We update our dividend danger zone screen, which highlights high-yielding UK income stocks that may turn out to be ‘value traps’.
Dividend investors had cause to celebrate in 2017, as dividend payments soared to their highest ever level, recording a year-on-year rise of 10.4 per cent.
Another record-breaking year in 2018 looks unlikely, however, as one of the big drivers behind last year’s boom – the resurgence of the mining sector – will no longer provide such a big boost.
The overall picture, though, remains healthy, with dividend growth expected to be helped by banks, which have put their balance sheets in order and are gradually upping dividend payments.
Overall, FTSE 100 companies are expected to yield around the 4 per cent mark in 2018, much higher than UK 10-year government bonds, which are yielding 1.6 per cent. There are higher yields available among UK stocks, but care needs to be taken, as some will inevitably turn out to be ‘value traps’.
In order to help investors spot a potential dividend disappoint in advance Money Observer has teamed up with wealth manager Canaccord Genuity to highlight dividend shares that may struggle to deliver on the dividend front.
We asked Simon McGarry, a senior equity analyst at Canaccord, to create the dividend danger zone share screen. McGarry filtered through the 700-odd names in the FTSE All Share index and added the following filters: a market cap of over £200 million, a dividend yield of 4 per cent (higher than the FTSE 100 average) and a dividend cover score of below 1.4 times. Two other filters were also applied: the first filtered out companies that appear in a financially sound position to pay off their debts, while the second excluded firms where earnings have been upgraded by analysts.
After factoring in all of the above, just seven shares remained at the start of February, highlighted in the table below. However, McGarry points out that none of these shares should be viewed as ‘sell’ recommendations. On the contrary, some of the shares that are potentially in dividend danger may actually pique the interest of contrarian investors who anticipate a share price recovery in due course.
When the screen was last run at the start of January six shares featured in the dividend danger zone table and they once again appear: Card Factory, Centrica, Imperial Brands, Inmarsat, National Grid and TalkTalk.
A new entrant to the table, AstraZeneca, appears this time around. Earlier this month the pharmaceutical giant reported that total revenues and product sales declined in 2017, by 2 per cent and 5 per cent respectively. Moreover, last summer the firm suffered a major setback in one of its drug trails, which rocked its share price. Management recently reiterated the firm’s commitment to the dividend and it has indeed been a reliable payer over the past decade, but our screen indicates some doubts.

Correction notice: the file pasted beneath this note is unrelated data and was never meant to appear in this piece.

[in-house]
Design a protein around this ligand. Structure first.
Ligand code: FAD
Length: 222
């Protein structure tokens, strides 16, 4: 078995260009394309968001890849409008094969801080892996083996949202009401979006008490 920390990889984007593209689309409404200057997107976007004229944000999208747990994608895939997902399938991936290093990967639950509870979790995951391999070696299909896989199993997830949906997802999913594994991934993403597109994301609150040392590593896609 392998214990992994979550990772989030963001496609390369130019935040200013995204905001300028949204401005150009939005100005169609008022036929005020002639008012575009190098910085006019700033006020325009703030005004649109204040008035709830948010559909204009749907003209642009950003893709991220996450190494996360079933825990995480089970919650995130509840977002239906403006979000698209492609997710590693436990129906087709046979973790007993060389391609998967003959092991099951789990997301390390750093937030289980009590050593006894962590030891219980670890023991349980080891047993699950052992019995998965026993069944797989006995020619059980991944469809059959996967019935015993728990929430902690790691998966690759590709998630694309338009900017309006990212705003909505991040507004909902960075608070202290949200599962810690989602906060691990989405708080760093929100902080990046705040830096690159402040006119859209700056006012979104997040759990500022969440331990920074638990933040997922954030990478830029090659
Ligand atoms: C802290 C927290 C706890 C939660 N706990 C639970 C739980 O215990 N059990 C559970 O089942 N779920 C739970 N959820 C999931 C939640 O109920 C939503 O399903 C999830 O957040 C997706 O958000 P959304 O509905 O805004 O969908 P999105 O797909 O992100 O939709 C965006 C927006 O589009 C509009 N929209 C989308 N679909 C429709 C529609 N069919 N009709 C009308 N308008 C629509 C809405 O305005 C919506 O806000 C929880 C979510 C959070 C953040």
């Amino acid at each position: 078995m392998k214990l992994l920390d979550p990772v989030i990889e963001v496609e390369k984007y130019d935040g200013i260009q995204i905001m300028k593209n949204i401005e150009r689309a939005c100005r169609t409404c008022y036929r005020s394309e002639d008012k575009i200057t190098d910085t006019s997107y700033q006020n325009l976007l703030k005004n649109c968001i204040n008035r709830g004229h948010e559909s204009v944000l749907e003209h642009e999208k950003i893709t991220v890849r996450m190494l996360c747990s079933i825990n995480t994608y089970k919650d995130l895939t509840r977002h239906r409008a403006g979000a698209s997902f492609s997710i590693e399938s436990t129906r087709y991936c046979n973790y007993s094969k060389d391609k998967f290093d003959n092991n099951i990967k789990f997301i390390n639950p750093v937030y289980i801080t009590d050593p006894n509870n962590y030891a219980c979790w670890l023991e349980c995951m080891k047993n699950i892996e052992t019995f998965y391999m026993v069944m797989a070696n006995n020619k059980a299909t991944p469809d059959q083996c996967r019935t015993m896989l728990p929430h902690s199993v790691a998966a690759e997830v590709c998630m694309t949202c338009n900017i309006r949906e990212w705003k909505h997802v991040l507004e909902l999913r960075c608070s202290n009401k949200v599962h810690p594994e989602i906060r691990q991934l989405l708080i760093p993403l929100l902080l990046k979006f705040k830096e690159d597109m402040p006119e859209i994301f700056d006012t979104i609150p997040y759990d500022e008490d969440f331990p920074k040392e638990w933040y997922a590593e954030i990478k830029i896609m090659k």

|Company||Forecast dividend yield (%)||Dividend cover score (times)|
Stock in focus: Card Factory
Card Factory, founded by a husband and wife team in 1997, set out to undercut other card stores. Two decades later low prices remain for both cards and gifts across its 913 stores in the UK.
In 2010 the founders sold the business to Charterhouse Capital Partners, which in 2014 listed the company on the London Stock Exchange, at 225p a share. Investors who bought in, however, won’t be sending a thank-you card, as the share price has dipped to just under 200p.
There have been two profit warnings of late, brought about by the weakness in the pound following the Brexit vote. For the most part of 2017 and indeed so far this year the pound has been gaining ground on both the US dollar and the euro, so in theory cost headwinds from more expensive imports should ease. But, according to McGarry, there are other risks to the 8 per cent yield.
‘About one-third of the cards sold are handcrafted. These cards struggle to compete against cheaper Asian (mostly Chinese) rivals. In addition, the cost base is higher relative to other UK retailers, reflecting the fact that they sell low-value merchandise from small high-street stores. Thirdly, the shareholder register is unusually concentrated, with over a third of shares held by just two institutional investors,’ he says.
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